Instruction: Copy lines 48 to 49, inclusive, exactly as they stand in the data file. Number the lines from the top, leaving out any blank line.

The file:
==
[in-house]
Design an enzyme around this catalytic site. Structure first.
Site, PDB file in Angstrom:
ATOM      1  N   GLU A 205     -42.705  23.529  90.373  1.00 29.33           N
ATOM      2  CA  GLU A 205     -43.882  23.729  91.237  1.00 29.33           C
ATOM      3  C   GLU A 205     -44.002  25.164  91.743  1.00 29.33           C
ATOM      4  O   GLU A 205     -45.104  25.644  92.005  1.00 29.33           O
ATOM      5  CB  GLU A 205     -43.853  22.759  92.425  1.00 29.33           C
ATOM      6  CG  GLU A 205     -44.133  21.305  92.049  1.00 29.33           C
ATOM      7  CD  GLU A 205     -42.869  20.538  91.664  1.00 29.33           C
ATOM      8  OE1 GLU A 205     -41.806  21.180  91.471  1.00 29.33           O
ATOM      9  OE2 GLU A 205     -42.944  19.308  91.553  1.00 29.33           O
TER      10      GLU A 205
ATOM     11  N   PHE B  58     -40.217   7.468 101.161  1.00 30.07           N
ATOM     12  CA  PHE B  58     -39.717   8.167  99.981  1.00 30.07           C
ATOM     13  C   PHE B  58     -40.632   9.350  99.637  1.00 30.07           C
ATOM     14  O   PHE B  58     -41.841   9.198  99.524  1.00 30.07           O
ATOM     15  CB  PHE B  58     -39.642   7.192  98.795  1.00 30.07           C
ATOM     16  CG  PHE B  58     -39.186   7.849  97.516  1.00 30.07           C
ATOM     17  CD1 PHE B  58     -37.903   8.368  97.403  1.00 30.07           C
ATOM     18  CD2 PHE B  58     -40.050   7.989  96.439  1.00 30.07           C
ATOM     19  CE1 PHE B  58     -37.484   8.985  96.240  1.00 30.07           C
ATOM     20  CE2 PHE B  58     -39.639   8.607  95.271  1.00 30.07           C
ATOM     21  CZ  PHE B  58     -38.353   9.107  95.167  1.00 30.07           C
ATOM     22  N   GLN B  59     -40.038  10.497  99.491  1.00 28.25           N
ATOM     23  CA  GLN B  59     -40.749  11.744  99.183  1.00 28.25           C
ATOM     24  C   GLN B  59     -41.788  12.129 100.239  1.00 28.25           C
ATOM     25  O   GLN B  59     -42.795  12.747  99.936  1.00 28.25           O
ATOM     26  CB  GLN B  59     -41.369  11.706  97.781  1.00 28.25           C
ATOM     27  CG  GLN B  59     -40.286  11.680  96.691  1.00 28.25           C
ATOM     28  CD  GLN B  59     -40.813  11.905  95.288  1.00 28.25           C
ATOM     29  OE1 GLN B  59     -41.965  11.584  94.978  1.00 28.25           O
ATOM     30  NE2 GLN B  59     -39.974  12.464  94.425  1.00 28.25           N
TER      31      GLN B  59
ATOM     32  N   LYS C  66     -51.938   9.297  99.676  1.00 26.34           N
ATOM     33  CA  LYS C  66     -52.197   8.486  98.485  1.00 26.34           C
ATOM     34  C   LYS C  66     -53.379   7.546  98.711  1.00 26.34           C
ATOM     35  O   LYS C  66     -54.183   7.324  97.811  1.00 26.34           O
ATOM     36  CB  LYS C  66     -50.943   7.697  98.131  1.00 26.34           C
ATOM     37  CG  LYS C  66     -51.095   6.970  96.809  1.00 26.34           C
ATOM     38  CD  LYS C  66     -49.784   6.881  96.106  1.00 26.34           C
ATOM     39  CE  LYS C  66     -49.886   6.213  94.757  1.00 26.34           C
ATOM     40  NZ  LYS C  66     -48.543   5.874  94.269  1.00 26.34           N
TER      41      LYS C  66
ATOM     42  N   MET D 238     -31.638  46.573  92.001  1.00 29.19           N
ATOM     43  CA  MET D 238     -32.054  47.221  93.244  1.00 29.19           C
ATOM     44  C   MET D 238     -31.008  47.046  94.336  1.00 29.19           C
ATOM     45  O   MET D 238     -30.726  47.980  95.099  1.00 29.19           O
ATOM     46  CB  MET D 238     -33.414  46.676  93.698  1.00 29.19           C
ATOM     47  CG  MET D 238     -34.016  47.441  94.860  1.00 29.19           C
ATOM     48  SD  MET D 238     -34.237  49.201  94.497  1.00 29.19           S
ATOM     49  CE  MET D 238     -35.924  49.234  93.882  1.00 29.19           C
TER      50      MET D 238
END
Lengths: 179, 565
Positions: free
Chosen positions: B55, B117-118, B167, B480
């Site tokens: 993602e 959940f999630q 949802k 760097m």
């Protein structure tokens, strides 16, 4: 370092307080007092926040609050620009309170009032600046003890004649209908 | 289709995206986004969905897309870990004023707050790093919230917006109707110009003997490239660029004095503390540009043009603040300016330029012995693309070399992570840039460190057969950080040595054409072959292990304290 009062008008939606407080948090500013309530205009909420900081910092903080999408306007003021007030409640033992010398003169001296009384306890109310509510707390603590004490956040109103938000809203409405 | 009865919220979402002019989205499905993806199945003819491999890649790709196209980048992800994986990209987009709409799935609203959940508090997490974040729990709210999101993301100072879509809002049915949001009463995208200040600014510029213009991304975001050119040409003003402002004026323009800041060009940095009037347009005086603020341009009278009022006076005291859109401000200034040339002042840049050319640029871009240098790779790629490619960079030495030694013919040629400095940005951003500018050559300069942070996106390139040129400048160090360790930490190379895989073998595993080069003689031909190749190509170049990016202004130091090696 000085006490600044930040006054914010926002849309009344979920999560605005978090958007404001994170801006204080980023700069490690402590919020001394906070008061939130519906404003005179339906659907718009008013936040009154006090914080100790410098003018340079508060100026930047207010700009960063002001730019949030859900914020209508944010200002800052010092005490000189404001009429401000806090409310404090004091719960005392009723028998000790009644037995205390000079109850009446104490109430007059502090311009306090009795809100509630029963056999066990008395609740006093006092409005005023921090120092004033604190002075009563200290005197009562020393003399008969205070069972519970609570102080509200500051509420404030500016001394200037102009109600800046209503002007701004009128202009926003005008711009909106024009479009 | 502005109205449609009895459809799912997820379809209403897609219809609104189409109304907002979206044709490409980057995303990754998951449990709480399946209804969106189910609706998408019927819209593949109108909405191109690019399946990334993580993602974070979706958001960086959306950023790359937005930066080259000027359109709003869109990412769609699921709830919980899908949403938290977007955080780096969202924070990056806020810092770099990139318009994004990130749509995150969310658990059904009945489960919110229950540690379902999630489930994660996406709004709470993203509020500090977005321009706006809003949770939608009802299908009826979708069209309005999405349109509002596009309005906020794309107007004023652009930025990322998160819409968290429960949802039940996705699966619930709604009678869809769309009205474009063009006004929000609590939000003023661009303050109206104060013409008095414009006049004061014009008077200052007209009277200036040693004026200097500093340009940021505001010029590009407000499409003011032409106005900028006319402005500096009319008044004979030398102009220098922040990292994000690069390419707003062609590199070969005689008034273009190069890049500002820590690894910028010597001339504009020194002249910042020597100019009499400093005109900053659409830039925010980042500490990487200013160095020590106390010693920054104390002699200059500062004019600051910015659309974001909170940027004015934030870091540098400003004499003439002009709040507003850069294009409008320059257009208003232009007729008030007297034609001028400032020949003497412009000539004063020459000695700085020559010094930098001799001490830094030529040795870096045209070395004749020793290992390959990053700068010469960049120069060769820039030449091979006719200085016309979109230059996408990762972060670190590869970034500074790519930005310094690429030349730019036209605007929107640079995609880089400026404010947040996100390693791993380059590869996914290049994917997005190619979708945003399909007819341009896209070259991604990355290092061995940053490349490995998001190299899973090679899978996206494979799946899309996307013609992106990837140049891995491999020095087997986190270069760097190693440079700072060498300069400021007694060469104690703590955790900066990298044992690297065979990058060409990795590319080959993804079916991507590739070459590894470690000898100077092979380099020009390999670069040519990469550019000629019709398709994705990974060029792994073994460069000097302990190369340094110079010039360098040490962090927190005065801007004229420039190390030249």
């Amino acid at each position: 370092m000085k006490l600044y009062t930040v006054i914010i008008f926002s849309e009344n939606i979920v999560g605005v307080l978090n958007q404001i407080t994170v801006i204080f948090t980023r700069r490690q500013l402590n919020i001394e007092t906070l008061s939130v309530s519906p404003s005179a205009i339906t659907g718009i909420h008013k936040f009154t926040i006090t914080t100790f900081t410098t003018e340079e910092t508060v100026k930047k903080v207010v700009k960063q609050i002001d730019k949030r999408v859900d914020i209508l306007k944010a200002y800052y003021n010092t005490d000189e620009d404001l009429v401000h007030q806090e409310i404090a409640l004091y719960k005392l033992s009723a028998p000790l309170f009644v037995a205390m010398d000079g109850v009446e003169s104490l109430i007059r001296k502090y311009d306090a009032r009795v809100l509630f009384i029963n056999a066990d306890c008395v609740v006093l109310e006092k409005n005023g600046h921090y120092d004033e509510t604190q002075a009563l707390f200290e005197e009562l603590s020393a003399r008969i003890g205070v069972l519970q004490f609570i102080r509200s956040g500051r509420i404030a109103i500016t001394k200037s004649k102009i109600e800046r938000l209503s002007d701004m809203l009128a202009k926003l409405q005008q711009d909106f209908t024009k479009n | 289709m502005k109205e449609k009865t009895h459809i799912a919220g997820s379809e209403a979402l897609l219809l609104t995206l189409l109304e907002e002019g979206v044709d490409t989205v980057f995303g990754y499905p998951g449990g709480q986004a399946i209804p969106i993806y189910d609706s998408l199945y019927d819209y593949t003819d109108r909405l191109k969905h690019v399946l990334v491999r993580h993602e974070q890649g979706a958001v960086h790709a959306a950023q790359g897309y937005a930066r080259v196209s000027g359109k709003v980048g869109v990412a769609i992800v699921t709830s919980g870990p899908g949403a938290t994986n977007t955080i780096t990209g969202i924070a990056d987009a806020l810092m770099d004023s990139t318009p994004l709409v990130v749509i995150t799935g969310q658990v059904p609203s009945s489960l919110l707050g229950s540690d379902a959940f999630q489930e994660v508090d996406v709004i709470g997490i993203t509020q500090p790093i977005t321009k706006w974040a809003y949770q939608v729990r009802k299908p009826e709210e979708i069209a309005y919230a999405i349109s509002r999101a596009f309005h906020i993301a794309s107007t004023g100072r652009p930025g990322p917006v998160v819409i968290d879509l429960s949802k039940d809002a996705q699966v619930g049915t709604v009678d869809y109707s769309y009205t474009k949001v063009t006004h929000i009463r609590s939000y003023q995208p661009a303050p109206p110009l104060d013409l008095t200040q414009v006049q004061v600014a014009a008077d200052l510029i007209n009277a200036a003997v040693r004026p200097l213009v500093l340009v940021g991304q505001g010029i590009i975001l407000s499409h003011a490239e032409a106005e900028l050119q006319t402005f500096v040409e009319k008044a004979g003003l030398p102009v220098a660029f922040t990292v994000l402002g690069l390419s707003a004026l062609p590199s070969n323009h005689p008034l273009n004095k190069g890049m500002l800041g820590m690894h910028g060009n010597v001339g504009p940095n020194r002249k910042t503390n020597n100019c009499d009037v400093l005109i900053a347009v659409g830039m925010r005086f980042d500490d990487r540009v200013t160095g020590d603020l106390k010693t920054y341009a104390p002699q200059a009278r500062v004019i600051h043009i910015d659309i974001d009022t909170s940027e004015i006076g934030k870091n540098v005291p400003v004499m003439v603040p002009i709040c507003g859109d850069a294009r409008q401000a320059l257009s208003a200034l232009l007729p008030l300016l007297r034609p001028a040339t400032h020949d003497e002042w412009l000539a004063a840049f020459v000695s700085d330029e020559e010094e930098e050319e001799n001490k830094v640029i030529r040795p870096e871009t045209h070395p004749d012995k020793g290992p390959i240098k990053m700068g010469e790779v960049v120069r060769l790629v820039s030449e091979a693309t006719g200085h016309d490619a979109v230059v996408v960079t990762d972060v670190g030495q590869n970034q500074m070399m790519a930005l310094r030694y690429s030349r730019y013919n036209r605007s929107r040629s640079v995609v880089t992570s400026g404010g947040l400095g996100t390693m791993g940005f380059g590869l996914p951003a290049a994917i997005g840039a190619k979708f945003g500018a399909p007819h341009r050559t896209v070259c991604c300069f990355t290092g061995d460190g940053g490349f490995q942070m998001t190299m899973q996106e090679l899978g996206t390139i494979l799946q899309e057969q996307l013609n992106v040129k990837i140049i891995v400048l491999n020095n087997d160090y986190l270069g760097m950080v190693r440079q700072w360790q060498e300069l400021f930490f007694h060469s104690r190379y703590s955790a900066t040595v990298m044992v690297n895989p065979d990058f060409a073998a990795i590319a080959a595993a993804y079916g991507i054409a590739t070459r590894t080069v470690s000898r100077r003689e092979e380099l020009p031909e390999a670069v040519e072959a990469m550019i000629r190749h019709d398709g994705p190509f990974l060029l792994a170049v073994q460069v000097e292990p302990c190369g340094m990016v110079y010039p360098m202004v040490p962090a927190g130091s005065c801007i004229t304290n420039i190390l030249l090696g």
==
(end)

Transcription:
ATOM     45  O   MET D 238     -30.726  47.980  95.099  1.00 29.19           O
ATOM     46  CB  MET D 238     -33.414  46.676  93.698  1.00 29.19           C